First, his team worked to acquire a set of Samsung Galaxy smartphones through the hospital’s cellular service provider, and then customized them for use in a corporate setting by removing nonessential preinstalled apps and limiting those that could be added to the device. Next, they worked to install a new voice-over IP app, directory, and on-call list; from there, they focused on organizing a secure texting environment.
Once the new system was rolled out and implemented, perfecting it took another year. “We were able to develop a pretty strong set of policies and procedures, but we had a lot of technical challenges,” Ganguly says. “Ultimately, we ended up ramping the whole system down to retool it.” Some of the issues were in usability, particularly with the voice-over IP communication piece. Others were more basic: the extra-strong phone casings also had a tendency to distort microphones, and the network connections for the Wi-Fi system needed to be retuned by engineers to optimize them for a corporate environment.
But as Ganguly’s team was retooling the devices, they were also learning from their customers. One lesson was how invaluable the directories and on-call lists were to hospital employees, who eagerly adopted these from the start. More surprising was just how much hospital members needed direct communication—not just within the ER, but throughout the hospital.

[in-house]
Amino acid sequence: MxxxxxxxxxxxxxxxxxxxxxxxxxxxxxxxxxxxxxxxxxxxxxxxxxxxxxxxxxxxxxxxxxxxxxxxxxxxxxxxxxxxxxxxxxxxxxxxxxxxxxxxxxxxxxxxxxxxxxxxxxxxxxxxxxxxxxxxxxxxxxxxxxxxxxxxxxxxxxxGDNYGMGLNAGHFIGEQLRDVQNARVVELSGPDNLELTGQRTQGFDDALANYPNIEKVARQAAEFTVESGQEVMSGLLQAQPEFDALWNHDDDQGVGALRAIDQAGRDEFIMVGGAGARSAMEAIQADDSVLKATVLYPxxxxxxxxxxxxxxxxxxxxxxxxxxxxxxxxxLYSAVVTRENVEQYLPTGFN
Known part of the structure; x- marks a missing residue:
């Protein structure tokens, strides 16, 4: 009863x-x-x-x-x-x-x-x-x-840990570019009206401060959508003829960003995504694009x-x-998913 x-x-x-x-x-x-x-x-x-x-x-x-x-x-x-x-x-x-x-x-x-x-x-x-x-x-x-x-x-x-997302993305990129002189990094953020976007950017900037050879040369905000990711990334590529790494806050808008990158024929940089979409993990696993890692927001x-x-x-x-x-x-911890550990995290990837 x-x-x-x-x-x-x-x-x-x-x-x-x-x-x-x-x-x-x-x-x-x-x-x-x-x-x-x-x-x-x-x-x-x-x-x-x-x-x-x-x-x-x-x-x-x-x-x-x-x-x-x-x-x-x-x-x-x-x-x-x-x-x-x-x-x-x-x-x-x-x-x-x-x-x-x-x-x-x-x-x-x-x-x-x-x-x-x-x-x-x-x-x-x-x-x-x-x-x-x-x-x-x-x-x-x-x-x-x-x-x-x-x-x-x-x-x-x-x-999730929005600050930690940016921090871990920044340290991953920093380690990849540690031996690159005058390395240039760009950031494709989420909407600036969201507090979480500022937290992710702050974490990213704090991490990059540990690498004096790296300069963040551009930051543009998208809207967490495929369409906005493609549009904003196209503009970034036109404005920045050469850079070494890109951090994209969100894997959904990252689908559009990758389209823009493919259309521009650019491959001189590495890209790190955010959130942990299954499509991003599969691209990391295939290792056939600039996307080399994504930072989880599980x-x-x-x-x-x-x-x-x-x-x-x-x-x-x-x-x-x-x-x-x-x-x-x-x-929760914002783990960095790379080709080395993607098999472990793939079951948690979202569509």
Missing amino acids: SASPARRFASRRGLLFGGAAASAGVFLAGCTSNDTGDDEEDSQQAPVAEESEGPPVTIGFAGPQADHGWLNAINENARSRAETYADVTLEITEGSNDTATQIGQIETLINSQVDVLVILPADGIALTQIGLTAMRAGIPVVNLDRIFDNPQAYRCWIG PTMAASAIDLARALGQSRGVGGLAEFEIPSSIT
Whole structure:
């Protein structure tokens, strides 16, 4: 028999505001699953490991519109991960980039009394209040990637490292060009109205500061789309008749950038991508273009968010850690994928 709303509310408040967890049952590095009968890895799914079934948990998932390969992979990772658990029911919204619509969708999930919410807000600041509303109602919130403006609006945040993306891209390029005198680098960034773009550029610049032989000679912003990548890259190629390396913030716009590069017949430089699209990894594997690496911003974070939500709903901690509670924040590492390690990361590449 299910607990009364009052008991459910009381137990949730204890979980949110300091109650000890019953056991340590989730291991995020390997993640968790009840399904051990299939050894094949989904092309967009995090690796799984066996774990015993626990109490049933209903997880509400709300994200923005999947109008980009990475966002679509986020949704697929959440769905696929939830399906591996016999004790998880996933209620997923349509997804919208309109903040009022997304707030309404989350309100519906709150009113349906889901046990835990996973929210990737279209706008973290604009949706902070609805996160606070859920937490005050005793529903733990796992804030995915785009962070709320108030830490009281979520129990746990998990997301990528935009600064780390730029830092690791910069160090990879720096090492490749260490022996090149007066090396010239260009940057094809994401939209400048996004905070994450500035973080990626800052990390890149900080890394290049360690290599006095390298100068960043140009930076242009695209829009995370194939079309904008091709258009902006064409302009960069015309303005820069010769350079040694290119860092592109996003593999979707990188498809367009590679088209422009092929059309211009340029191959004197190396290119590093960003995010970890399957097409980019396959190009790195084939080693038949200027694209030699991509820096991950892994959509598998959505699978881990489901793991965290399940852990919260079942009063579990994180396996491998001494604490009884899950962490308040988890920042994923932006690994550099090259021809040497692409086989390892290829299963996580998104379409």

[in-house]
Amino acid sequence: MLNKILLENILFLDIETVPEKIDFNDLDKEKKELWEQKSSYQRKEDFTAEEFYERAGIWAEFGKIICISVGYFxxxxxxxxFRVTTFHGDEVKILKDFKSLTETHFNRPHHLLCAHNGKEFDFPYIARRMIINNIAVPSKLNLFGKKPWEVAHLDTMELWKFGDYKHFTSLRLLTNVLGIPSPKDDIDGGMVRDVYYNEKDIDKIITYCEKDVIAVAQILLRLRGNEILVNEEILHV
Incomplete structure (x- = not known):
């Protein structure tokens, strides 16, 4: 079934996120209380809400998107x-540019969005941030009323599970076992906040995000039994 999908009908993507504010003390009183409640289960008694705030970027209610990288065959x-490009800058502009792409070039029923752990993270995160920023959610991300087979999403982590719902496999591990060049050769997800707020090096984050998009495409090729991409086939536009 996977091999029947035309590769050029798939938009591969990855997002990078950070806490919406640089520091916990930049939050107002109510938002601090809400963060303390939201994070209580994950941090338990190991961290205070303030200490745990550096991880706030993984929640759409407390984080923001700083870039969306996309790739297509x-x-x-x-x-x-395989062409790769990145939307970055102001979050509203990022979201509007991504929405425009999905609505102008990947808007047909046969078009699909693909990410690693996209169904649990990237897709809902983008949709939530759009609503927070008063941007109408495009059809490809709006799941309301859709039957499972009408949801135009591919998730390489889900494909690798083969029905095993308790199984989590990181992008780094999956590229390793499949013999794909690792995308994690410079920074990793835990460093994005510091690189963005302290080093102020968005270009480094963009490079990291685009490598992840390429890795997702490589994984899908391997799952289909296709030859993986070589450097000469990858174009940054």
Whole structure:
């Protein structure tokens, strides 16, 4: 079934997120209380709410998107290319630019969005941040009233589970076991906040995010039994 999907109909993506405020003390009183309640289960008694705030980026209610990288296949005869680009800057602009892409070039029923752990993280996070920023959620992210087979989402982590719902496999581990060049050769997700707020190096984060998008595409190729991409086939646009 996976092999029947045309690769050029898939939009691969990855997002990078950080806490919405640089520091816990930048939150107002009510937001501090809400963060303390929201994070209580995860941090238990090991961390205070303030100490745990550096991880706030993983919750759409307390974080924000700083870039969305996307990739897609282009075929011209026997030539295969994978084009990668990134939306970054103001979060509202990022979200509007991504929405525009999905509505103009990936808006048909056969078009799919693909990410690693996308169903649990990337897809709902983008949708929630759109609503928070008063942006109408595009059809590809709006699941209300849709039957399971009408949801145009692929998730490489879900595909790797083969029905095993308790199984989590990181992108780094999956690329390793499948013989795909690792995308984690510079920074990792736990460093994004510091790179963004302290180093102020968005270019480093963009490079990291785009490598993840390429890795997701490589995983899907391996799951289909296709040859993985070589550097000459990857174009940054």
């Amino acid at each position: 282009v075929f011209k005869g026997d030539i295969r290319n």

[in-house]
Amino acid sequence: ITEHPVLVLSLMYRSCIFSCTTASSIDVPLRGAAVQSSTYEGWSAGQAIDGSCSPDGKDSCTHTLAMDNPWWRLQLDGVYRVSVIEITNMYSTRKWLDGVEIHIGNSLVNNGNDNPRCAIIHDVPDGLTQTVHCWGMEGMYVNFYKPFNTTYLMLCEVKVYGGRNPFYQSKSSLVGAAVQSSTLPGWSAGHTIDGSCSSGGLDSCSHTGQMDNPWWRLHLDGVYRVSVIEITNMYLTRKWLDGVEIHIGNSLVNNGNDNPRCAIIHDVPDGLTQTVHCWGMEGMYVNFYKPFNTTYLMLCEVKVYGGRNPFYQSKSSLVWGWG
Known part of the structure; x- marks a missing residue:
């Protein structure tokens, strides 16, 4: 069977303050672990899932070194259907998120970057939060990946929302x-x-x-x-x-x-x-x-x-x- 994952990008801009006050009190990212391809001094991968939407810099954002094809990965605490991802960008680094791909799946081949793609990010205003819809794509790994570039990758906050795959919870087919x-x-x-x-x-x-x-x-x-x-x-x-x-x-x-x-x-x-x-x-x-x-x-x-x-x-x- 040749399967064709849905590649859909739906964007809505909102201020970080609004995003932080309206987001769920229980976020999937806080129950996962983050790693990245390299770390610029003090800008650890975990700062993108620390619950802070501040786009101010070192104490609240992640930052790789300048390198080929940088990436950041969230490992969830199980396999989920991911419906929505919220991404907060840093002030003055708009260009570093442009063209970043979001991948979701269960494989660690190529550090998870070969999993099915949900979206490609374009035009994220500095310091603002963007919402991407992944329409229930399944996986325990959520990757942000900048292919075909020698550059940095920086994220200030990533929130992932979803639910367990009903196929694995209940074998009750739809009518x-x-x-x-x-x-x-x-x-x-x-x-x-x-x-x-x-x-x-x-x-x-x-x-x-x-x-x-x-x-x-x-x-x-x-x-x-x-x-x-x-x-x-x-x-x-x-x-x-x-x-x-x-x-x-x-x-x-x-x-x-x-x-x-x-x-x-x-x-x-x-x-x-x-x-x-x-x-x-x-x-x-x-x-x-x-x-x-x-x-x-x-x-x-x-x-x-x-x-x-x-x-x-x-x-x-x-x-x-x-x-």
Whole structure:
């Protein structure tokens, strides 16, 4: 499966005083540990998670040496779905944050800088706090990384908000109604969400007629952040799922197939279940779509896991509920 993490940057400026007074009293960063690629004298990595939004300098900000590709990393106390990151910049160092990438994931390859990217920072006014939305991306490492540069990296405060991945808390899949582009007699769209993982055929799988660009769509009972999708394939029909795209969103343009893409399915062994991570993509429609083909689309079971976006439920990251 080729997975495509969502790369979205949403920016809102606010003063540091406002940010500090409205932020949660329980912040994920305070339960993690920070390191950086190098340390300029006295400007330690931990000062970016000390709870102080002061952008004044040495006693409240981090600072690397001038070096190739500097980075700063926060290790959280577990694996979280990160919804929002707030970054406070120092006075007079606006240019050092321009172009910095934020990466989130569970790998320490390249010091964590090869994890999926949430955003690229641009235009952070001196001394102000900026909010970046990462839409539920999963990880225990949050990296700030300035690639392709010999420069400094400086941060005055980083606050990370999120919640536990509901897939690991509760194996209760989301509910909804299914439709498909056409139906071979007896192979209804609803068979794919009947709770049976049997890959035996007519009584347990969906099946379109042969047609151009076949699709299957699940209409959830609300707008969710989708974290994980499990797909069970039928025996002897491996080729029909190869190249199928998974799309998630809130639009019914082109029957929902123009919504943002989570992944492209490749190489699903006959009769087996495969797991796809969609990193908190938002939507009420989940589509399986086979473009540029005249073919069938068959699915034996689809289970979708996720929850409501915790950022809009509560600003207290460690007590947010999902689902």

“Patient engagement and the world of apps that encourage patient-clinician communications are exploding.”
“While initially we were focusing on physician-to-physician communication, we realized that there’s probably a more urgent need for a nurse-to-physician communication,” Ganguly says. He then expanded the devices to nurses within the inpatient units, as well as to other employees who needed to reach doctors on issues ranging from patient quality to regulatory compliance. And though Ganguly initially thought that physicians might feel bombarded by communications, they have instead been grateful for that connectivity. “They’re feeling like they’re able to close the loop on patient care issues more rapidly,” Ganguly says.